When looking at a sinful man the Christian should always react with the words, except for the grace of God there I go. The true Christian is a sinner saved by grace, and apart from a continued transforming grace, sin is still alive and kicking. This idea is sublimely alive in the conclusion of Mark’s Gospel. Some early manuscripts end Mark’s Gospel with verse 8 of chapter 16.
“They went out and fled from the tomb, for trembling and astonishment had gripped them; and they said nothing to anyone, for they were afraid.”
Can you imagine if Christianity had ended in such manner? There are scholars that believe the concluding verses of 9 through 20 were originally comments as you might find in a study Bible. The translators wanting a fuller explanation than the one originally given. In time they were included in the text but that was not so from the first writing. I can understand such a thinking because ending the Gospel with trembling and a failure to communicate hardly seems fitting for Christianity.
However, God is completely honest about the condition of man apart from the grace of God, and the working of the Holy Spirit in transformation. Such an ending to Mark is comparable to the book of Jonah that ends with the prophet complaining about God’s mercy toward sinful Nineveh. God responded to Jonah by saying to him,
“Should I not have compassion on Nineveh, the great city in which there are more than 120,000 persons who do not know the difference between their right and left hand, as well as many animals?" (Jonah 4:11)
The comment about not knowing the right hand from the left meant they were children. Such a conclusion does not seem fitting for Jonah either. The book of Jonah ends honestly, however, by revealing the condition of every prophet apart from the transforming grace of God. God is merciful even if the prophet is not. Eventually, however, Jonah saw the light of God’s mercy. How do I know? He wrote the book, in which he was perfectly transparent about his own prejudice and selfishness in light of God’s mercy. If there is one thing that Christian’s always need a little more of it is humility.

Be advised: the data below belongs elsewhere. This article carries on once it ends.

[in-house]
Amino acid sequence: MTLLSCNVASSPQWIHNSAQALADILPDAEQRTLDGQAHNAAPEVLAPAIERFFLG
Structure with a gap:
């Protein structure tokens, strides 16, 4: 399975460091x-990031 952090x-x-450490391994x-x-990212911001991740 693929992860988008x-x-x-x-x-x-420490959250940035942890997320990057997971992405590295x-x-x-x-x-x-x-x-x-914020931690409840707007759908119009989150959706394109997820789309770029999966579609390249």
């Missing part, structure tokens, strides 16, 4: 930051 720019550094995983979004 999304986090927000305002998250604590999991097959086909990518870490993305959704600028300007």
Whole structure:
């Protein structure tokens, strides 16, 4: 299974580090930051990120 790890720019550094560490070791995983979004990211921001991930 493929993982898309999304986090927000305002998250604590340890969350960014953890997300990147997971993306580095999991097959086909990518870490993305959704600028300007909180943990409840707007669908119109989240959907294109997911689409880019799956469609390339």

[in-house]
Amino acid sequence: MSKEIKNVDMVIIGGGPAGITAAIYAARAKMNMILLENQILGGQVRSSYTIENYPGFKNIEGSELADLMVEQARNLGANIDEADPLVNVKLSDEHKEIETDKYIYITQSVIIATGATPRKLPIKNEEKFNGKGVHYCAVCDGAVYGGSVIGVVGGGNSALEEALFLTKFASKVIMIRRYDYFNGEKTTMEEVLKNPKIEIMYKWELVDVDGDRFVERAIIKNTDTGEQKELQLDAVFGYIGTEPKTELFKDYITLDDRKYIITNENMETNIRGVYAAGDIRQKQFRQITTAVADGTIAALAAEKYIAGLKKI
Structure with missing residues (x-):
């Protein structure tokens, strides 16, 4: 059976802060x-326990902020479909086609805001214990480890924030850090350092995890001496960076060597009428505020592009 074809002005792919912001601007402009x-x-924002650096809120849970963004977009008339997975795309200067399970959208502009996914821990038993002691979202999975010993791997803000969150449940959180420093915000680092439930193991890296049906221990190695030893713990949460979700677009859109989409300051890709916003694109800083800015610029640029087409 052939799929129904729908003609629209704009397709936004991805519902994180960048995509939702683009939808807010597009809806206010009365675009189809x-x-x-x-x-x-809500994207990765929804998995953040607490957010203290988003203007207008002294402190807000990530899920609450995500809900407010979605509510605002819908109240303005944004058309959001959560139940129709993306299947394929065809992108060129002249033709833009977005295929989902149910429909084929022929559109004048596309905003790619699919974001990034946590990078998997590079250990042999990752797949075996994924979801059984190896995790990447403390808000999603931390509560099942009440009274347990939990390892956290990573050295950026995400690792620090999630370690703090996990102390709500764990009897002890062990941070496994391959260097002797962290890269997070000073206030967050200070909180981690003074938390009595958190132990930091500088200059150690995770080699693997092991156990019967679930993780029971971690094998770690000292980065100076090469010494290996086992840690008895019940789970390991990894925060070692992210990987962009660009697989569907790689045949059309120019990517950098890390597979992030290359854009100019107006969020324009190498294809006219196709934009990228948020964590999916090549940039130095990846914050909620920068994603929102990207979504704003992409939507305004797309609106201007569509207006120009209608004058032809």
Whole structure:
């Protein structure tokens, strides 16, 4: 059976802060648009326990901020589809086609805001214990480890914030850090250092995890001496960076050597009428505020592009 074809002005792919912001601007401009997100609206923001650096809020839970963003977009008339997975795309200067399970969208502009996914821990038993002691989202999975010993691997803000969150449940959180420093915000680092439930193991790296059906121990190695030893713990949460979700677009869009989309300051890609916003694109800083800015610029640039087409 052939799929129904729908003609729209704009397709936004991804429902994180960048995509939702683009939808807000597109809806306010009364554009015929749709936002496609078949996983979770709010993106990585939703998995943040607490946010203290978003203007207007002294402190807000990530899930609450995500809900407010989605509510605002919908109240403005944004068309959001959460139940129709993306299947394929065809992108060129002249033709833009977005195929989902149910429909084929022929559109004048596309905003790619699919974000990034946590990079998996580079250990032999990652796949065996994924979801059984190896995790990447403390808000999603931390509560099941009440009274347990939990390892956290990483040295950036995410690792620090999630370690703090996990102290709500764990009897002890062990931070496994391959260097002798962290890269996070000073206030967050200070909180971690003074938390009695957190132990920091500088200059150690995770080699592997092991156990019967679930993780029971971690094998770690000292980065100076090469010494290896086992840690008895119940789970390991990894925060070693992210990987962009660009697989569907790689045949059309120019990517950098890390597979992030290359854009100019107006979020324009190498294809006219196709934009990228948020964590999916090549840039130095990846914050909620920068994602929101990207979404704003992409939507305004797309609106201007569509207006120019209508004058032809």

Matthew and John end their Gospel by looking to the coming Holy Spirit. Luke ends with the ascension, which is how he begins the book of Acts. Only Mark’s Gospel supposedly ads Jesus’ rebuke for unbelief, which the other Gospels view Jesus in a much softer way. Mark 16: 9-20 really does read more like a commentary than a Gospel. How gently Jesus restored Thomas in John 20, and compassionately He encouraged Peter in John 21.
In verses 17 and 18 there is a comment about the signs that would accompany those who believe. Unfortunately, for the majority of 2,000 years men have not spoken in tongues, and only fringe groups have played with snakes, and I don’t know if any group drinks poison, maybe cool aid. The proof of faith is not sign gifts but a holy life. A sign gift is much too easy to counterfeit, but a truly holy life is another matter. Sin is the primary issue in becoming a Christian, in both being forgiven and living out forgiveness through gratitude and obedience. Humility is very hard to model, it takes a life lived at the foot of the cross, where mourning over sin becomes a daily practice, which in turn puts all rivalry to death. You cannot find any statement in the book of Acts where the followers of Jesus argued about who would be greatest in the coming kingdom. Such behavior is reserved for those who are living in the flesh and not in the Spirit.